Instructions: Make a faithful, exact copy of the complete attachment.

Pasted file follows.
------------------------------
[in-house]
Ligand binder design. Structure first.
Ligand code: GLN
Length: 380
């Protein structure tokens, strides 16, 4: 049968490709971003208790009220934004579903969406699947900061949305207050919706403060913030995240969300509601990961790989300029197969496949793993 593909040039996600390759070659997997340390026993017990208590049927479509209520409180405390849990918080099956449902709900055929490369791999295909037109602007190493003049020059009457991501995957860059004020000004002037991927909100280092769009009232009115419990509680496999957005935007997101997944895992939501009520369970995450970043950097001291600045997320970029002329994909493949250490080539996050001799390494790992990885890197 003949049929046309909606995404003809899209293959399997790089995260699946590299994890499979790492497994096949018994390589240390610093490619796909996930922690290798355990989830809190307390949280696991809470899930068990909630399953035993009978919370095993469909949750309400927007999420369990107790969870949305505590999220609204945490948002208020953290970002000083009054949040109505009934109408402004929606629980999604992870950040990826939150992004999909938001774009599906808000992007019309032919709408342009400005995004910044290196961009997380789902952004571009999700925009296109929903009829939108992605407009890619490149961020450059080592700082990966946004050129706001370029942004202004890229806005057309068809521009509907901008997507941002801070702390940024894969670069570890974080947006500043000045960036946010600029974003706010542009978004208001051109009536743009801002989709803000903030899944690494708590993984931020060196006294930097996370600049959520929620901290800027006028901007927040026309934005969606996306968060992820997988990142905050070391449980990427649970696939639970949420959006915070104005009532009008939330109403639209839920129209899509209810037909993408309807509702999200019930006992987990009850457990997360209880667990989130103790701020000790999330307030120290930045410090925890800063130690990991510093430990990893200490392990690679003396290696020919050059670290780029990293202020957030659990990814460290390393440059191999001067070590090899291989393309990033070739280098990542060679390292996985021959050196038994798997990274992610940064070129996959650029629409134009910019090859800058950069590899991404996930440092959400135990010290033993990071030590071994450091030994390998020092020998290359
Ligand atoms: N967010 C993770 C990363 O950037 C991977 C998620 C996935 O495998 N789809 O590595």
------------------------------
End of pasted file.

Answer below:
[in-house]
Ligand binder design. Structure first.
Ligand code: GLN
Length: 380
């Protein structure tokens, strides 16, 4: 049968490709971003208790009220934004579903969406699947900061949305207050919706403060913030995240969300509601990961790989300029197969496949793993 593909040039996600390759070659997997340390026993017990208590049927479509209520409180405390849990918080099956449902709900055929490369791999295909037109602007190493003049020059009457991501995957860059004020000004002037991927909100280092769009009232009115419990509680496999957005935007997101997944895992939501009520369970995450970043950097001291600045997320970029002329994909493949250490080539996050001799390494790992990885890197 003949049929046309909606995404003809899209293959399997790089995260699946590299994890499979790492497994096949018994390589240390610093490619796909996930922690290798355990989830809190307390949280696991809470899930068990909630399953035993009978919370095993469909949750309400927007999420369990107790969870949305505590999220609204945490948002208020953290970002000083009054949040109505009934109408402004929606629980999604992870950040990826939150992004999909938001774009599906808000992007019309032919709408342009400005995004910044290196961009997380789902952004571009999700925009296109929903009829939108992605407009890619490149961020450059080592700082990966946004050129706001370029942004202004890229806005057309068809521009509907901008997507941002801070702390940024894969670069570890974080947006500043000045960036946010600029974003706010542009978004208001051109009536743009801002989709803000903030899944690494708590993984931020060196006294930097996370600049959520929620901290800027006028901007927040026309934005969606996306968060992820997988990142905050070391449980990427649970696939639970949420959006915070104005009532009008939330109403639209839920129209899509209810037909993408309807509702999200019930006992987990009850457990997360209880667990989130103790701020000790999330307030120290930045410090925890800063130690990991510093430990990893200490392990690679003396290696020919050059670290780029990293202020957030659990990814460290390393440059191999001067070590090899291989393309990033070739280098990542060679390292996985021959050196038994798997990274992610940064070129996959650029629409134009910019090859800058950069590899991404996930440092959400135990010290033993990071030590071994450091030994390998020092020998290359
Ligand atoms: N967010 C993770 C990363 O950037 C991977 C998620 C996935 O495998 N789809 O590595």